James Kalm visits the exhibition Xstraction at The Hole, New York. The exhibition features work by 32 contemporary abstract painters.
The press release states that the show examines trends in "textile-based and 'craftstraction'", paintings influenced by "digital aesthetics," "trodden-upon, dirtied, worn out or even 'entropic' abstraction," and "un-painterly abstraction" in the works of a younger generation of painters.
Kalm's video walkthrough looks at "commonalities and techniques employed by this generation of artists. Includes views of works by: Adam Henry, Andrew Sutherland, Angel Otero, Anoka Faruqee, Chris Johanson, Cory Arcangel, Gerhard Richter, Kadar Brock, Mark Flood, Sam Moyer, Thomas Øvilsen, Trudy Benson, Wade Guyton, Wendy White, Xylor Jane."
Thomas Micchelli reviews Xstraction at The Hole, New York. The exhibition features work by 32 contemporary abstract painters.
Michelli writes that "there are only a few paintings here that are startling in their originality, but despite their sheen of newness, their relationship to antecedents is very much in evidence. This is not a criticism; to the contrary, it’s a major factor in the richness of their aura (a word I use advisedly). The rest of the works in the show appear to be earnestly made, but their conversion of past practices (abjection and process are especially pervasive) for the here and now do not register as particularly imperative."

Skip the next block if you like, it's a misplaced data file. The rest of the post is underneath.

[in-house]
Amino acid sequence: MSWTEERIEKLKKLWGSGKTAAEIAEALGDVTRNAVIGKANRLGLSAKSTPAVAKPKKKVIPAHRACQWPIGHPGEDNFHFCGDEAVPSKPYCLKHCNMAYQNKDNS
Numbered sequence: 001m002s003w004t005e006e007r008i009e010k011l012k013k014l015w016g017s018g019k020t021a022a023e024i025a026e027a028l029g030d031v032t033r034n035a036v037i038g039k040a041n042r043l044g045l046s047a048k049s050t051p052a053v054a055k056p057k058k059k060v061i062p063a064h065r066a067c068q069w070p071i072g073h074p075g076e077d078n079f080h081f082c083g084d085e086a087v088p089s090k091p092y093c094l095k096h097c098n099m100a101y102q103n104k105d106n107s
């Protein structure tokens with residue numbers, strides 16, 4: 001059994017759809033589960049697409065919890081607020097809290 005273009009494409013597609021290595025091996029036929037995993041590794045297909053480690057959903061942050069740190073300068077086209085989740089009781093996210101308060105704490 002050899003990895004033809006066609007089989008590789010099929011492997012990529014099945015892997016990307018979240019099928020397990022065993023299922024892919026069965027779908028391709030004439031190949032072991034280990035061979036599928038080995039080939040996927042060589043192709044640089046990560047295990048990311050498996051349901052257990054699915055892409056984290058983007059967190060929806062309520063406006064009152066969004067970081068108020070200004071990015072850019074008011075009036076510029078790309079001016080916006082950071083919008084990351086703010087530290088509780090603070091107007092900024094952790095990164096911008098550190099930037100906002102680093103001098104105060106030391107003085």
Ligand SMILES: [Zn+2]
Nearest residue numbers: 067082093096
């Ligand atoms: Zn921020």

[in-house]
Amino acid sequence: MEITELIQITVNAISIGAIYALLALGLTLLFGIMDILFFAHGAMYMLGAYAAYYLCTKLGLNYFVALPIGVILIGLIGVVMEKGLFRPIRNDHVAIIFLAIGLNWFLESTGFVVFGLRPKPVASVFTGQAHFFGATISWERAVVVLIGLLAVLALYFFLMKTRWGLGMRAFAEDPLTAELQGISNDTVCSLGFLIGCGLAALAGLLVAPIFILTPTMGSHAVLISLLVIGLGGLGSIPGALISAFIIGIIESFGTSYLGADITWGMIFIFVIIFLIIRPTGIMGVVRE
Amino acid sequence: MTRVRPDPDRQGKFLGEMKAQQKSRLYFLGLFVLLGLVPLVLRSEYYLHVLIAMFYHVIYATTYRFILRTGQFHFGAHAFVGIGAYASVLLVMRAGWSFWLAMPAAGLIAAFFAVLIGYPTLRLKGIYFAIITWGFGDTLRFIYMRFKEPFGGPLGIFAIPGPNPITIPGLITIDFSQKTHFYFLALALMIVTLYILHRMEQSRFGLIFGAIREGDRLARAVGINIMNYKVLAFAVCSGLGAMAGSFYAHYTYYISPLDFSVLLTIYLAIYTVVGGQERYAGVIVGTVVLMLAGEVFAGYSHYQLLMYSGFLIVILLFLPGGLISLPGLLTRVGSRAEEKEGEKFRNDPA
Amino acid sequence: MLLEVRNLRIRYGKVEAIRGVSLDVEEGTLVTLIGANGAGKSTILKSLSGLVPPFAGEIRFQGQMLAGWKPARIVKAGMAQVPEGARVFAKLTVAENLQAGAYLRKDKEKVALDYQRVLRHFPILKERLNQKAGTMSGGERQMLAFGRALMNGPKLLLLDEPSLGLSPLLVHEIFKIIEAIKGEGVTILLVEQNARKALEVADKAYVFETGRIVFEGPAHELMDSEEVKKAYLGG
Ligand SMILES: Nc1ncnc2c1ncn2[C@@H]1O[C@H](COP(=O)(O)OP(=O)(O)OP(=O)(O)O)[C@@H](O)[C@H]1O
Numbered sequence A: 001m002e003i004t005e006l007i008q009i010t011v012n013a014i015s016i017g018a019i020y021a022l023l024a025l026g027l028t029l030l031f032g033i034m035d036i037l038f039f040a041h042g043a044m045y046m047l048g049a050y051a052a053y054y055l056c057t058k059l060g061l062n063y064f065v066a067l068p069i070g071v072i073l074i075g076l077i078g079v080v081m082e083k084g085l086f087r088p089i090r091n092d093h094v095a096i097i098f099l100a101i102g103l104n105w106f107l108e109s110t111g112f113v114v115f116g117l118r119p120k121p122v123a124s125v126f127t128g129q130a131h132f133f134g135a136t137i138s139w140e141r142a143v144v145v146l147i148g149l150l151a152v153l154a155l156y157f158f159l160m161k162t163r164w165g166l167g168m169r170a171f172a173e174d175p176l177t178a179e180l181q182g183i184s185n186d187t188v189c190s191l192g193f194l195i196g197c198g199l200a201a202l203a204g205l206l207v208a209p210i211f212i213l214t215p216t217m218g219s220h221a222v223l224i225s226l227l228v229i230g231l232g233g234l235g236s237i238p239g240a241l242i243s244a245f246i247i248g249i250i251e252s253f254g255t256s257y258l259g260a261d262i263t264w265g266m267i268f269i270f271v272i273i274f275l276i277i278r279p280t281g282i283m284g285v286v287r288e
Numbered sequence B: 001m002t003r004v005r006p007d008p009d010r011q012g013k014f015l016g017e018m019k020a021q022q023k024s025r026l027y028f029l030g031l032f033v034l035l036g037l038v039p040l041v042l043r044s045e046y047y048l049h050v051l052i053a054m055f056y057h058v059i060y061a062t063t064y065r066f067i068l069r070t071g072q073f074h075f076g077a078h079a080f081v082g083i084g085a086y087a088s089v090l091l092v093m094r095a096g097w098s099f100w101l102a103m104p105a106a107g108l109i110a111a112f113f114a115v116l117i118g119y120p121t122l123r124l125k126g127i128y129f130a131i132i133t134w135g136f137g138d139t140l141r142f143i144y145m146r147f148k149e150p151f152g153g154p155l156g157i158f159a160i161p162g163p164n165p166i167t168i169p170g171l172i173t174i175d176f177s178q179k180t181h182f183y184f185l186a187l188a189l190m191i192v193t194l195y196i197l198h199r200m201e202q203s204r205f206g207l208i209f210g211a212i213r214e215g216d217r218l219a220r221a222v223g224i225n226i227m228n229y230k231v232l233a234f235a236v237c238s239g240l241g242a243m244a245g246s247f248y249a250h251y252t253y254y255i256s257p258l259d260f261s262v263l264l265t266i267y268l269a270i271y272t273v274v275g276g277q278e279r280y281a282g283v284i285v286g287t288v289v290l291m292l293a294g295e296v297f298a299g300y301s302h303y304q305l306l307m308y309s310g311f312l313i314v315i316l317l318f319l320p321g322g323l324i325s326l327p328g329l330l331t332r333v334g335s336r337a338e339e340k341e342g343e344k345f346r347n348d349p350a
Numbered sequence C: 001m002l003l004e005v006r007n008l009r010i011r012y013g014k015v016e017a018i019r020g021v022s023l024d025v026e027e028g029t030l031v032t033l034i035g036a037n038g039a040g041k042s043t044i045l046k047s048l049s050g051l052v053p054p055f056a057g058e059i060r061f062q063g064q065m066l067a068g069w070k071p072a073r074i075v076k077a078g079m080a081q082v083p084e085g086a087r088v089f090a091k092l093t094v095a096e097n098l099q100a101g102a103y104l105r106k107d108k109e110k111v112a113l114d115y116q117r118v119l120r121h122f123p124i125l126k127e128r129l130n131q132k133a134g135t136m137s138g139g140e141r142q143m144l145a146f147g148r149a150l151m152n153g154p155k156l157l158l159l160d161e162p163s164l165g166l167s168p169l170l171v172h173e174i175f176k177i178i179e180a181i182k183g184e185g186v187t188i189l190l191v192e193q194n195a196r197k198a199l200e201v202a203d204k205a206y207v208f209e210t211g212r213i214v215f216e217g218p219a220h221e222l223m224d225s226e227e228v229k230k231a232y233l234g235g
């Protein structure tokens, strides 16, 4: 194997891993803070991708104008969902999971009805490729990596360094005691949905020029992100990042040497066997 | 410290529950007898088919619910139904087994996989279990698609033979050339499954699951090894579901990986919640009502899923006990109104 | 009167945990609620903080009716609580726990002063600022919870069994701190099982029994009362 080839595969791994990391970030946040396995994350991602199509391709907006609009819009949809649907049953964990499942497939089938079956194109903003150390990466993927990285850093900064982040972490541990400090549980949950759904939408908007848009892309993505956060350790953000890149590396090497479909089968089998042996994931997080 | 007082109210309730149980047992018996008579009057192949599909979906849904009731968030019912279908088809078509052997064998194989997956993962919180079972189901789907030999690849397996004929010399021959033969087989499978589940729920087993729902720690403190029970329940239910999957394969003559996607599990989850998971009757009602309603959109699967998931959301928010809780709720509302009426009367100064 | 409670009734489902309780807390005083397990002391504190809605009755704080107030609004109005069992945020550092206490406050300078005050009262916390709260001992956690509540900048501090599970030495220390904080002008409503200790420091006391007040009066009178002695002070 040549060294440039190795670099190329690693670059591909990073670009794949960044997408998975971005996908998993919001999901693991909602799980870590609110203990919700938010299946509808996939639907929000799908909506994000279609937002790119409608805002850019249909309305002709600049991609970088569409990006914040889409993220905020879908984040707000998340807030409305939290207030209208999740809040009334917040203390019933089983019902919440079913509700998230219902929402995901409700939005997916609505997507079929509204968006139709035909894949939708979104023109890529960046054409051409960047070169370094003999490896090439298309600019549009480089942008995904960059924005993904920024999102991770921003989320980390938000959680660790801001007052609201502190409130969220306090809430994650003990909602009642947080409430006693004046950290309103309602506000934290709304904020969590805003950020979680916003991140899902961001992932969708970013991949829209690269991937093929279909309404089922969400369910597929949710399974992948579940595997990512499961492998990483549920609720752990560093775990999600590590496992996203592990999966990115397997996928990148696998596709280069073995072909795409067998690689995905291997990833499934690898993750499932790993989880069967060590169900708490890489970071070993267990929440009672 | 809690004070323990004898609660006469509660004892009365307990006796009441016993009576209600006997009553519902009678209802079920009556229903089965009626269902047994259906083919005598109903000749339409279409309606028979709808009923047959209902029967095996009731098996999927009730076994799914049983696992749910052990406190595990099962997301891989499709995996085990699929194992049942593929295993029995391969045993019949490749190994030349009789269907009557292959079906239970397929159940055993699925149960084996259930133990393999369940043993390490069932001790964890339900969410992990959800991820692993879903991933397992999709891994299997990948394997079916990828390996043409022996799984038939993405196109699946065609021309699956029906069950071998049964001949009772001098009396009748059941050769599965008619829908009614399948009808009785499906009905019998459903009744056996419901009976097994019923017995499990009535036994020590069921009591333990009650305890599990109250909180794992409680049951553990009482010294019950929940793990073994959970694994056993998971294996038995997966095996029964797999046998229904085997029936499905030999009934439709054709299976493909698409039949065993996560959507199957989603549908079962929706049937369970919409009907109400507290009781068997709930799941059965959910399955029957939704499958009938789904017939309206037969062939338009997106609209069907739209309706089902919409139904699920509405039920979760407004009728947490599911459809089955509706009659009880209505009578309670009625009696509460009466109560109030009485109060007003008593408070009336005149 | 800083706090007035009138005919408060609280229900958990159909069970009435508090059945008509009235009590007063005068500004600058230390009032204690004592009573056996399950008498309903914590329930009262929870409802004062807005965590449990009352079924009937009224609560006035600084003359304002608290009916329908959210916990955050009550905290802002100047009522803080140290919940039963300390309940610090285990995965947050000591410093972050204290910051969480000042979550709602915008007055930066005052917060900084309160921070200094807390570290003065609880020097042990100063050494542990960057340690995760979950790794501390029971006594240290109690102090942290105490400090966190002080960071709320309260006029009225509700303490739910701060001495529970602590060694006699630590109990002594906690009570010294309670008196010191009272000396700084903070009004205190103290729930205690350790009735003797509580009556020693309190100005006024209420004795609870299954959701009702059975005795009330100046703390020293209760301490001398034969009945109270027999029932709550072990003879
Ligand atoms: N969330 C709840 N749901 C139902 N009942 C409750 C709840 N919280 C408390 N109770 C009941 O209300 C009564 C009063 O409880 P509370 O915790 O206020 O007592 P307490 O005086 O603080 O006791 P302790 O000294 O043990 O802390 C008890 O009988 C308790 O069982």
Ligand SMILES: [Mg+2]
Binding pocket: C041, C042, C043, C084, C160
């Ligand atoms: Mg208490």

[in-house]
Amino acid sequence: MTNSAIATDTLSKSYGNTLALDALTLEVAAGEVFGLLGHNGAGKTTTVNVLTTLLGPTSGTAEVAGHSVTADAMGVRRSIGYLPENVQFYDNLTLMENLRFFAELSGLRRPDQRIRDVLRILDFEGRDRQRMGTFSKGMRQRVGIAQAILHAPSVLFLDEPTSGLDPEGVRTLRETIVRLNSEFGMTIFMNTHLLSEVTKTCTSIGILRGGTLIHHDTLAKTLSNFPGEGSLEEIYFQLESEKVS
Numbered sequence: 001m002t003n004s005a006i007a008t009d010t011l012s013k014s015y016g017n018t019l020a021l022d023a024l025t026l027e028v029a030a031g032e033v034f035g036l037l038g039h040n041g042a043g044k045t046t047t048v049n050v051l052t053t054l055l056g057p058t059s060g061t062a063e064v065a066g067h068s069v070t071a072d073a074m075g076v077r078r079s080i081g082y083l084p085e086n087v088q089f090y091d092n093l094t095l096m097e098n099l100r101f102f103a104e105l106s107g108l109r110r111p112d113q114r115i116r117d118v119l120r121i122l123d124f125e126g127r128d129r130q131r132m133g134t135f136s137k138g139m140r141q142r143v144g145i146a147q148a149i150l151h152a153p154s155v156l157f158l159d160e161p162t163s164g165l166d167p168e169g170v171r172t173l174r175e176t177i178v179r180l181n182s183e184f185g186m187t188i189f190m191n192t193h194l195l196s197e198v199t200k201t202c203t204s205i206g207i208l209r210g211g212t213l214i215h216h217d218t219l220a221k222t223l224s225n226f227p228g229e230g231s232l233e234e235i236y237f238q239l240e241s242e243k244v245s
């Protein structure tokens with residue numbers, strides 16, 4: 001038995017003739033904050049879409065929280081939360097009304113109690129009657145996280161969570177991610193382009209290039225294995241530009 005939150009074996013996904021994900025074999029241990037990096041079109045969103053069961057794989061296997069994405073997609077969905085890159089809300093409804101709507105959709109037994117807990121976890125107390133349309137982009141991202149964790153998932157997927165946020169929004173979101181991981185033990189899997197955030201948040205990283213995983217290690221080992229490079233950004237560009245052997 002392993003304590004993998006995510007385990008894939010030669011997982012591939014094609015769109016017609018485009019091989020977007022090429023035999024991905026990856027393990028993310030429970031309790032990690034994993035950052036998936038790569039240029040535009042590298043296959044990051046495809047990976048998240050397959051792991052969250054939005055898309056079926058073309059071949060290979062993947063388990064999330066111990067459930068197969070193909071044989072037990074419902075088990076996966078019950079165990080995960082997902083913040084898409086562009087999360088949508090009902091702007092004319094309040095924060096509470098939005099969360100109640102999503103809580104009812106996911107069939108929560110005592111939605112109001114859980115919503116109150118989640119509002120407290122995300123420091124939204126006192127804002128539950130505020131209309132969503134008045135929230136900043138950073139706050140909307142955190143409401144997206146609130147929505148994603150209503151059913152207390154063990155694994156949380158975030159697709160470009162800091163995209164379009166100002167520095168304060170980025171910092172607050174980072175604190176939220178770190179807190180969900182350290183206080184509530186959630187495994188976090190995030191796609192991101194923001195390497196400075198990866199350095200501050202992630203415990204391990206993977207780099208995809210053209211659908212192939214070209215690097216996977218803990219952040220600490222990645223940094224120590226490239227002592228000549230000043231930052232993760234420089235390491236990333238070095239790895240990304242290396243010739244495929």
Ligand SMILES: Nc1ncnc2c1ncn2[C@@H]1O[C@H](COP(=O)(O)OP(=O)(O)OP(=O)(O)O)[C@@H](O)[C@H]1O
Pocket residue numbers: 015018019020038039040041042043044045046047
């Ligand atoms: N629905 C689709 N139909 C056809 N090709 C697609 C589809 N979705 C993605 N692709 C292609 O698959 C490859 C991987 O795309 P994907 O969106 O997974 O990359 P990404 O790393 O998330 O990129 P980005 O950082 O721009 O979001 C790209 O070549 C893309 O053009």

Deborah Barlow blogs a selection of passages from Gerhard Richter's Writings 1961 – 2007. Visiting the Outer Banks, Barlow finds the power of nature - the action of wind and waves - to be an apt metaphor for the process of painting as described in Richter's book.
Richter: "Any thoughts on my part about the ‘construction’ of a picture are false, and if the execution works, this is only because I partly destroy it, or because it works in spite of everything—by not detracting and by not looking the way I planned. I often find this intolerable and even impossible to accept, because, as a thinking, planning human being, it humiliates me to find out that I am so powerless. It casts doubt on my competence and constructive ability. My only consolation is to tell myself that I did actually make the pictures - even though they are a law unto themselves, even though they treat me any way they lie and somehow just take shape."
Joanne Mattera blogs about the recent exhibition of new works by Gerhard Richter at Marian Goodman Gallery, New York.